December 16, 2005


Alice in our Wonderland
By David Ollington

Alyson Schracherer (as Alice) in the Unicorn Theatre's production of Painted Alice by William Donnelly, December 2-31, 2005. Photo by Cynthia Levin and courtesy of Unicorn Theatre.

How does artistic expression fit into a capitalist society? Does an artist (visual, performance, literary) sacrifice integrity when pursuing abundant financial reimbursement for work?

The play Painted Alice by William Donnelly, the Unicorn Theatre's present offering, explores these issues by taking the central character, Alice, on a shamanic journey. With a heavy dose of homage to Lewis Carroll, Donnelly frames his play with a classic ABA form: reality, fantasy, reality.

We meet Alice (Alyson Schacherer), a visual artist behind on a commission. The impatient client, Parker (Teri Adams), passive-aggressively confronts Alice; she wants the painting now. Parker also announces the bizarre suicide of an artist friend of Alice's, Carol. Carol lost interest in living because of things like a cold sore and a litter box in need of changing, and did herself in by crawling into a clothes drier. Donnelly takes a zany spin on the reality with which he frames his play. Alice bickers with her companion Dinah (Katie Gilchrist) over integrity and the conflict between making art for money and creating for art's sake.

Alice steps into a Wonderland full of parables and archetypes inspired by the obstacles and allure of the visual artist's world. Rather than chasing a rabbit into a hole in the ground or passing through a looking glass, Alice steps into her own canvas. She encounters an odd array of circumstances and characters, most of which bear striking resemblance to the creations of Lewis Carroll. She spies a small door that cleverly pops out of the stage floor, too small for her to pass through standing, so she attempts to crawl through. She meets identical twins, both visual artists, clad by Costume Designer Jennifer Myers-Ecton in puffy pink smocks, the hallucinatory Alice's version of Tweedledum and Tweedledee. One twin receives critical acclaim but makes no money; the other makes money but gets panned by reviewers. They hold up their respective artistic creations, two paintings that are exact mirror reflections of each other. Adams and Gilchrist play the twins; all the actors with the exception of Schacherer take on multiple roles.

She attends a fantasy nightclub and engages in erudite repartee with pretentious, black-clad artists (Nathan Darrow, Adams and Gilchirst), complete with sunglasses and high-maintenance cell phones. With Alice sitting at a table sharing baffling exchanges over beverages, the scene becomes Donnelly's answer to the Mad Tea Party. Alice attempts to court a potential sponsor, a loud, wealthy, powerful woman (Adams) wearing bright red. Alice has to catch her on the golf course. Immediately, the Queen of Hearts comes to mind, playing croquet with live flamingos for mallets (Adams works with actual golf clubs). The outlandish characters conclude Alice's journey by putting her on trial. Alice returns to reality transformed, with clear decisions about her place in life and art.

Donnelly chose to name Alice's lover "Dinah;" Carroll's Alice has a cat named Dinah. Alice the younger often thinks of her throughout her Wonderland adventures. The Unicorn production echoes this through the use of video, designed by Jeffrey Cady. As Alice explores alternate reality, she repeatedly turns to the painting-canvas-turned-video-monitor and sees Dinah. Cady's videography becomes an additional character in the play. The images hypnotize and haunt. He missed, however, an opportunity to suggest a Cheshire Cat by having a character on the screen disappear except for a smile. With all the effects he created on the screen, one grin without a face seems possible.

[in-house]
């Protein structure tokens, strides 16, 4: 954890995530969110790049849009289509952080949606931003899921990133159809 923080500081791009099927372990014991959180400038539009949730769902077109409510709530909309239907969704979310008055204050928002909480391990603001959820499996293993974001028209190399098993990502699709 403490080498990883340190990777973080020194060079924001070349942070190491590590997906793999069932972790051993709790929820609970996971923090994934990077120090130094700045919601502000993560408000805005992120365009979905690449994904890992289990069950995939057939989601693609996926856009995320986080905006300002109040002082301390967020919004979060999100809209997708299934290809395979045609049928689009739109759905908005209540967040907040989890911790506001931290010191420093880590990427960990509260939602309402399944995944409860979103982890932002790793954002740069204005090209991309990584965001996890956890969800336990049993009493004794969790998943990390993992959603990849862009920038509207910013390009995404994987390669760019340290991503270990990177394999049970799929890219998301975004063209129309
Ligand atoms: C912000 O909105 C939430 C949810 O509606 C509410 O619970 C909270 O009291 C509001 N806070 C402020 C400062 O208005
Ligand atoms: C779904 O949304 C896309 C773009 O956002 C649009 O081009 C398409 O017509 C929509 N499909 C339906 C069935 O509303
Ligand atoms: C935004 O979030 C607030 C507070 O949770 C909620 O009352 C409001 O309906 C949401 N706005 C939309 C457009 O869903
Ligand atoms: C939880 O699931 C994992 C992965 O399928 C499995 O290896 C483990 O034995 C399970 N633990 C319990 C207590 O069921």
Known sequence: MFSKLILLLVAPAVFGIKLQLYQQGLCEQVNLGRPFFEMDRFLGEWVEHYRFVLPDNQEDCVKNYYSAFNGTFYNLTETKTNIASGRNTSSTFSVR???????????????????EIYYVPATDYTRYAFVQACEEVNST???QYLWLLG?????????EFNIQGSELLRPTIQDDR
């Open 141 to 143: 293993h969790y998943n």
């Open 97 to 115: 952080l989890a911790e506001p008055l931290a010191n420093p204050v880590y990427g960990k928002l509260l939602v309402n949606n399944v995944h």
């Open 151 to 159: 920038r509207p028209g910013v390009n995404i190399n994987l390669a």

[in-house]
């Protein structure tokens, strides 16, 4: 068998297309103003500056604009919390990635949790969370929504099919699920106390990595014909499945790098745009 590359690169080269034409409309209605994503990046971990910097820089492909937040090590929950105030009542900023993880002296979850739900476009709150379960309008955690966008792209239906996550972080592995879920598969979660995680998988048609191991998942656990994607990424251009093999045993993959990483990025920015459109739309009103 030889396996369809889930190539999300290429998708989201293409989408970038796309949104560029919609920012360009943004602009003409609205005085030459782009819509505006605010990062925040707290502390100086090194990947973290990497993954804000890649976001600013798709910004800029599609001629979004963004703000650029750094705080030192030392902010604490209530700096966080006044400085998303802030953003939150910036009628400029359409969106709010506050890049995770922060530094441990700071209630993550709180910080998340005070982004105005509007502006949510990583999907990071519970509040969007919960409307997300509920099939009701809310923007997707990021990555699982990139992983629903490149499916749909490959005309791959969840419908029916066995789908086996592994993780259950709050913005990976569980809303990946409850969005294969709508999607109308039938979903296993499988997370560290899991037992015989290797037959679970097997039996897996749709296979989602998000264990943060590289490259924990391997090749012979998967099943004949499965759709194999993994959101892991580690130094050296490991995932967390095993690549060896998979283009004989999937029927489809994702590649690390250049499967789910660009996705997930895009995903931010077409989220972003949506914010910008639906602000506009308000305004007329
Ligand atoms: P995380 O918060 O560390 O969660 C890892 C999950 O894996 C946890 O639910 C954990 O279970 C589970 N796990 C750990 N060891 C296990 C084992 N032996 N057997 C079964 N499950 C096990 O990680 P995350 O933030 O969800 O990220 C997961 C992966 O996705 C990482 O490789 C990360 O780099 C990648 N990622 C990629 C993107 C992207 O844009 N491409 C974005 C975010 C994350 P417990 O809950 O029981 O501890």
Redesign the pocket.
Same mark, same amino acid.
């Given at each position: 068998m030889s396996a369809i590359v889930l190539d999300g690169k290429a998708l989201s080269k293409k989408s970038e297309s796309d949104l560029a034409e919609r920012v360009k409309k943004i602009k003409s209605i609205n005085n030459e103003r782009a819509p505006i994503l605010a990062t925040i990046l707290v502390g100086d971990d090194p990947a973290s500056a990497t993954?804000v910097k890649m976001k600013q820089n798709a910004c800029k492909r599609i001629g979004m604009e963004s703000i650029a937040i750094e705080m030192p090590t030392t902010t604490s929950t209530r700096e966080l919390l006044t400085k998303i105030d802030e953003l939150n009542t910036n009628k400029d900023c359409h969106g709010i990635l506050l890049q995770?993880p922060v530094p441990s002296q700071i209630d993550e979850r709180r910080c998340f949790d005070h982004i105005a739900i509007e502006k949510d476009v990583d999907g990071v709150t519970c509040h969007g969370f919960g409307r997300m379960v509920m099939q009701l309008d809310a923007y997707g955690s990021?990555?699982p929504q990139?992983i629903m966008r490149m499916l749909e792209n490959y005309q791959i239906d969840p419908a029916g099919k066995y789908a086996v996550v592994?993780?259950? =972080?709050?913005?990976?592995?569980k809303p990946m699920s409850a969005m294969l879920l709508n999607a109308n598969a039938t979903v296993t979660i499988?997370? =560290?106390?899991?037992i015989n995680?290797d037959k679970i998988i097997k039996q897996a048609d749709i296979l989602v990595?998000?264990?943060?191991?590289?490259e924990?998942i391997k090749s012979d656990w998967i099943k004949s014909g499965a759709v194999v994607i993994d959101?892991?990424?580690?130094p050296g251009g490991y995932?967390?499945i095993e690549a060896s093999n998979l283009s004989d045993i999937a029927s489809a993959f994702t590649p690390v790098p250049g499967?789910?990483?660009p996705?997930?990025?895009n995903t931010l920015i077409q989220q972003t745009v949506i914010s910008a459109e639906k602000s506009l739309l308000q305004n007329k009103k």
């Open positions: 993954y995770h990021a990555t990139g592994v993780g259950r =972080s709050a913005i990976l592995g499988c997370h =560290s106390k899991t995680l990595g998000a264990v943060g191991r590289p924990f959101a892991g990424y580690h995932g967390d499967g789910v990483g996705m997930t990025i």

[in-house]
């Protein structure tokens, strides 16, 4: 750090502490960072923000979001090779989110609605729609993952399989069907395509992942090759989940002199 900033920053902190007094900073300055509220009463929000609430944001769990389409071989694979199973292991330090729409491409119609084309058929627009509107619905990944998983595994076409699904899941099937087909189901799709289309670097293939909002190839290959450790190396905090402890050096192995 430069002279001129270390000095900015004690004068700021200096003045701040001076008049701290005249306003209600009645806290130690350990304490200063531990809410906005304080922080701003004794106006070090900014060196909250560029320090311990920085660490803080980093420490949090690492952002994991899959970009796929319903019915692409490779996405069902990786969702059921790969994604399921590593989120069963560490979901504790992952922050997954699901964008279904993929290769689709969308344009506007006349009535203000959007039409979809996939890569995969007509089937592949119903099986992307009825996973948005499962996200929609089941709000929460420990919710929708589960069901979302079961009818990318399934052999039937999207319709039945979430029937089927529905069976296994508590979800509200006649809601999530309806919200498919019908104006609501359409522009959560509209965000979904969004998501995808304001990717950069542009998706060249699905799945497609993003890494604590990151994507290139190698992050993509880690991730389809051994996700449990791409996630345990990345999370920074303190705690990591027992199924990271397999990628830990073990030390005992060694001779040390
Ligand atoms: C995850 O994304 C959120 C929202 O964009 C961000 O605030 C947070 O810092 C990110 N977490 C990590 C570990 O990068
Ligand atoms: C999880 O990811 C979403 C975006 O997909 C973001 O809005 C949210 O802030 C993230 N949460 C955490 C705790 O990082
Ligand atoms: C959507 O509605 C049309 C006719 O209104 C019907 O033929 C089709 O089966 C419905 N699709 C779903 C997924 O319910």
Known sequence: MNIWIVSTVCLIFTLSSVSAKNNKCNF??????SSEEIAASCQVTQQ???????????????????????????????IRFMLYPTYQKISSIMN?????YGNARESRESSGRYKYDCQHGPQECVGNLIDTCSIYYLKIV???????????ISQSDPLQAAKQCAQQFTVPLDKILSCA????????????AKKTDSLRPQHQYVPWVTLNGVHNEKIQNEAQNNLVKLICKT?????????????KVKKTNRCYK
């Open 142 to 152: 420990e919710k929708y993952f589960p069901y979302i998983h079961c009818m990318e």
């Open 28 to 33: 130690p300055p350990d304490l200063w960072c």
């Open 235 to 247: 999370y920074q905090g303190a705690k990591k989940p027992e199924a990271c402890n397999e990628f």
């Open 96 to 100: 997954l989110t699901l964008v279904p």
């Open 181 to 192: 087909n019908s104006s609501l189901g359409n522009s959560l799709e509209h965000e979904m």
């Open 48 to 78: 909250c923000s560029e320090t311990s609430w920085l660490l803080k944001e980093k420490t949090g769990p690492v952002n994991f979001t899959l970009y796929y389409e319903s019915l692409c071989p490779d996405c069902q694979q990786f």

Carroll's Alice meets no one of congruence. All of the characters in Alice's Adventures in Wonderland and Through the Looking Glass from the White Rabbit to Mock Turtle barely recognize Alice's presence. Most of Donnelly's characters have little regard for Alice, but she does make encounters with characters that show awareness and concern for Alice. She meets Carol (the name choice resonates, played by Adams in white strings of Christmas lights) post-mortem who helps Alice understand. She also has a rather real dyad with a successful artist (Darrow) whom, in the reality segment of the play, she saw getting intimate with Dinah.

The production staff with Director Joseph Price in the lead took on an enormous challenge just in logistics. Some of the costume changes happen almost by magic. Set Designer Gary Mosby added two tracks on the stage to move chairs and other pieces on and off, and created walls that not only open and close but spin.

Schacherer brings a subdued presence to a chaotic stage. She, like the little girl Alice of the 19th century, walks from encounter to experience, somehow oblivious to the supernatural absurdity around her, other than an occasional eruption of frustration. But her outbursts come from the insanity of the various beings around her or from her own aggravation with the artist's plight, not from being thrown into an alternate reality.

Painted Alice plays under two hours in length. Donnelly and/or the production staff included an unnecessary intermission. The action of the story takes on one complete arc that defies interruption.

Painted Alice runs until Dec. 31. Call 816-531-7529 for tickets or visit

David Ollington can be contacted at



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